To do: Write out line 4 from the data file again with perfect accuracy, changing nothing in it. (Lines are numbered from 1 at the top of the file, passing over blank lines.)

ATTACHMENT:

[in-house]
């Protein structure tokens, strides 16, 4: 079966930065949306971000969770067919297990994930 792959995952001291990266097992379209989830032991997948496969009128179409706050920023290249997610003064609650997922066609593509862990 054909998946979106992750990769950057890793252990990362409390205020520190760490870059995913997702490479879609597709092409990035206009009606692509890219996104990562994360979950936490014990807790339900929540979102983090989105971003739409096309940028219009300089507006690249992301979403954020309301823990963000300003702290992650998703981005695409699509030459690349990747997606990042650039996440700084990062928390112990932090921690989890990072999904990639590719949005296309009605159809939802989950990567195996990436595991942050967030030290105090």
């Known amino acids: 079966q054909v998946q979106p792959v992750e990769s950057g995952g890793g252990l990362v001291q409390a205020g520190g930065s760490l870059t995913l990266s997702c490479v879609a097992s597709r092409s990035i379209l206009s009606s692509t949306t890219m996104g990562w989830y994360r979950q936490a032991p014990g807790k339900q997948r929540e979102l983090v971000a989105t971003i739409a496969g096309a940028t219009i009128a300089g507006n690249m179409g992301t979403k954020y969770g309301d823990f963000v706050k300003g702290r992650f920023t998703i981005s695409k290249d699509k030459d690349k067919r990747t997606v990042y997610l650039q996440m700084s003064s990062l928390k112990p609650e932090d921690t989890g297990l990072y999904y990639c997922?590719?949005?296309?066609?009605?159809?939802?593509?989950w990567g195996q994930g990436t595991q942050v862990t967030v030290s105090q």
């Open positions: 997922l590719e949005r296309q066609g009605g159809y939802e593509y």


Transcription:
């Open positions: 997922l590719e949005r296309q066609g009605g159809y939802e593509y």